The United States and the planning of an American NWO, 1939–44
in Failed imagination?
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This chapter concentrates on thinking in the United States. It shows how the institutional and private thinking that had been such a feature of the preliminaries to the Versailles settlement were replicated during the Second World War. Neutrality and its extreme handmaiden, isolationism had always been a factor in American foreign policy, but were given reinforcement by the disgust felt by many Americans towards the Versailles settlement. The chapter also shows how they were differently articulated, in the United States but also in Britain. The United States was trying to create an new world order (NWO) based on liberal democratic forms of government and capitalist economic structures. The criterion for entry to the NWO 'club' of the post-war period was essentially to become one of accepting definitions of 'freedom' and 'justice' that were far more narrow than Franklin Delano Roosevelt had intended in the Atlantic Charter.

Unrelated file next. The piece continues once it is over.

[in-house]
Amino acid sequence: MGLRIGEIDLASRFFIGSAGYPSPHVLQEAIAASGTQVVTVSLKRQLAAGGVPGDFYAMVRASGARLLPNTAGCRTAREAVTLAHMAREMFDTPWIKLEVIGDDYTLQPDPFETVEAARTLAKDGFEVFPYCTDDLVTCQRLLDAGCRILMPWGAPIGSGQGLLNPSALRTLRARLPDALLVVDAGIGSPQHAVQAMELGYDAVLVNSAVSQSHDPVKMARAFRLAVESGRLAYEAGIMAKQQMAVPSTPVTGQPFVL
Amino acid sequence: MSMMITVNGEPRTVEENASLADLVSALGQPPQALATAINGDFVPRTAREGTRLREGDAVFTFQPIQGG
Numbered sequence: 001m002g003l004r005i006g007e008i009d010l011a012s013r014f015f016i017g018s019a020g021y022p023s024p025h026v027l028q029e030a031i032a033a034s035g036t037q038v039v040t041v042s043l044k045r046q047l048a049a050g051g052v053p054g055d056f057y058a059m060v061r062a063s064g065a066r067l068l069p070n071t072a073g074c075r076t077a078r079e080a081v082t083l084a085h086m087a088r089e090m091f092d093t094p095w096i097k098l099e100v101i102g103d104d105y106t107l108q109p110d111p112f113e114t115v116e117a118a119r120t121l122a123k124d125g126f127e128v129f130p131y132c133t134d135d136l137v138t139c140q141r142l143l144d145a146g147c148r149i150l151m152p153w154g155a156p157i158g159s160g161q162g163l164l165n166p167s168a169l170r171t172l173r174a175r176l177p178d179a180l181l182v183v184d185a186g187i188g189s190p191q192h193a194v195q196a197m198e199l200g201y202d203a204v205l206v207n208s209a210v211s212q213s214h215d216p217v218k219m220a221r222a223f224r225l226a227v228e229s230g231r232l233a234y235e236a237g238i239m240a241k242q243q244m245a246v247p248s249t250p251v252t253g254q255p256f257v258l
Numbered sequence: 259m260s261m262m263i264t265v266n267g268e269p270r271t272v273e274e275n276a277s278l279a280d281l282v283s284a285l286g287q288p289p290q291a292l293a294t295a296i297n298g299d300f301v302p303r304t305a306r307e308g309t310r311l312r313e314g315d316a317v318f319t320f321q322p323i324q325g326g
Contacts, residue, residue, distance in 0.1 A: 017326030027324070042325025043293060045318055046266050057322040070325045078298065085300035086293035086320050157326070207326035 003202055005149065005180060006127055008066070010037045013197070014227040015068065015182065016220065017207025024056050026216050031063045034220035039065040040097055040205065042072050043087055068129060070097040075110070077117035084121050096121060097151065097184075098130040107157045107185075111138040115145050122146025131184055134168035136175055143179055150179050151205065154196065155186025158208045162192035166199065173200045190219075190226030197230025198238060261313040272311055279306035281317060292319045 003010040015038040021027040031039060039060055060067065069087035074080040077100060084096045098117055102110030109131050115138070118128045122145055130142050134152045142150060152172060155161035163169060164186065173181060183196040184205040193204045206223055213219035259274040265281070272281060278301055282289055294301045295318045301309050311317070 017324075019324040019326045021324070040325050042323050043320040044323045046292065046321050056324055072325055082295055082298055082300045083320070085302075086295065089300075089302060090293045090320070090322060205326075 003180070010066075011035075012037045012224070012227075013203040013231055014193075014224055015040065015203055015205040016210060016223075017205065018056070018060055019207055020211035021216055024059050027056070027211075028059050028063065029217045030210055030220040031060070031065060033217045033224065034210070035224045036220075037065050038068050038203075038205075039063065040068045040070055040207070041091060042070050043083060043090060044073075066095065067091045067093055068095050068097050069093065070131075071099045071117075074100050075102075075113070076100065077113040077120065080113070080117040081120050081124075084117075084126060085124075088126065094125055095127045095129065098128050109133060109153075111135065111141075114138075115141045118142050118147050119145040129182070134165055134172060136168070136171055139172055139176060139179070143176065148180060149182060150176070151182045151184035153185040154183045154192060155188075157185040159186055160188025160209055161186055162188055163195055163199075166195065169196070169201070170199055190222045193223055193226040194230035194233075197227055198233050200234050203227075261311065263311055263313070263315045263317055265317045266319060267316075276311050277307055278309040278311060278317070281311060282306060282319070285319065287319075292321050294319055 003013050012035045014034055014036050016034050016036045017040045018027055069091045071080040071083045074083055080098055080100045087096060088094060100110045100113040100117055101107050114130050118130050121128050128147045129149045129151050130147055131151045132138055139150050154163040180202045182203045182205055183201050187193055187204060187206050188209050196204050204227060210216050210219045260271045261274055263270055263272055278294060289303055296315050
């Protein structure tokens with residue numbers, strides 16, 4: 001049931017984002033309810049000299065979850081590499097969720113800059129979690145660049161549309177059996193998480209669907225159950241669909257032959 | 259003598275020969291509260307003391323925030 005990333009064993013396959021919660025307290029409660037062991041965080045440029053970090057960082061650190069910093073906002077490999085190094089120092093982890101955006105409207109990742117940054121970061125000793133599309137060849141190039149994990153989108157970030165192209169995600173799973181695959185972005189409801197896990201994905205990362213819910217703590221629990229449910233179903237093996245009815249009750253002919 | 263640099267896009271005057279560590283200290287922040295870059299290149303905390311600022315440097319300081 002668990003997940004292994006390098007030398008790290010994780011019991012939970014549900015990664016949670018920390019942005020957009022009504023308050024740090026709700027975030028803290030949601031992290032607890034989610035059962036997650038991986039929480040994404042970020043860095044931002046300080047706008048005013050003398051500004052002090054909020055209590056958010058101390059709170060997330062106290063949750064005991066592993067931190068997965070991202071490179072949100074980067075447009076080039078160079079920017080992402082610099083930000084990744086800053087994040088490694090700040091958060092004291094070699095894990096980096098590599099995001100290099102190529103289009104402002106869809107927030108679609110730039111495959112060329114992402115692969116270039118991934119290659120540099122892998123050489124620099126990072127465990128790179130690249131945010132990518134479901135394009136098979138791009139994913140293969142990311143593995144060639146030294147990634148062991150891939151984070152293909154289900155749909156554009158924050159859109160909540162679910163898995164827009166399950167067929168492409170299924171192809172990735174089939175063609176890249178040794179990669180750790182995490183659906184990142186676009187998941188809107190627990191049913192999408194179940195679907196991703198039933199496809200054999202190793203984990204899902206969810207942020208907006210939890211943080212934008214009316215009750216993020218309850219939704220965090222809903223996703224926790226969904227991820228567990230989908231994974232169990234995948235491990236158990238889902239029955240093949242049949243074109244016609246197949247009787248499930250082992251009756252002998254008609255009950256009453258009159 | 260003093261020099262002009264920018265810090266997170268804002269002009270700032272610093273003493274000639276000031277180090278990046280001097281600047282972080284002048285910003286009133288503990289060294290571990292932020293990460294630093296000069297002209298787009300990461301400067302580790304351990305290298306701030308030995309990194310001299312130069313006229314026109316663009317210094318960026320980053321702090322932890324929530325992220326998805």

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Failed imagination?

The Anglo-American new world order from Wilson to Bush (Second edition)



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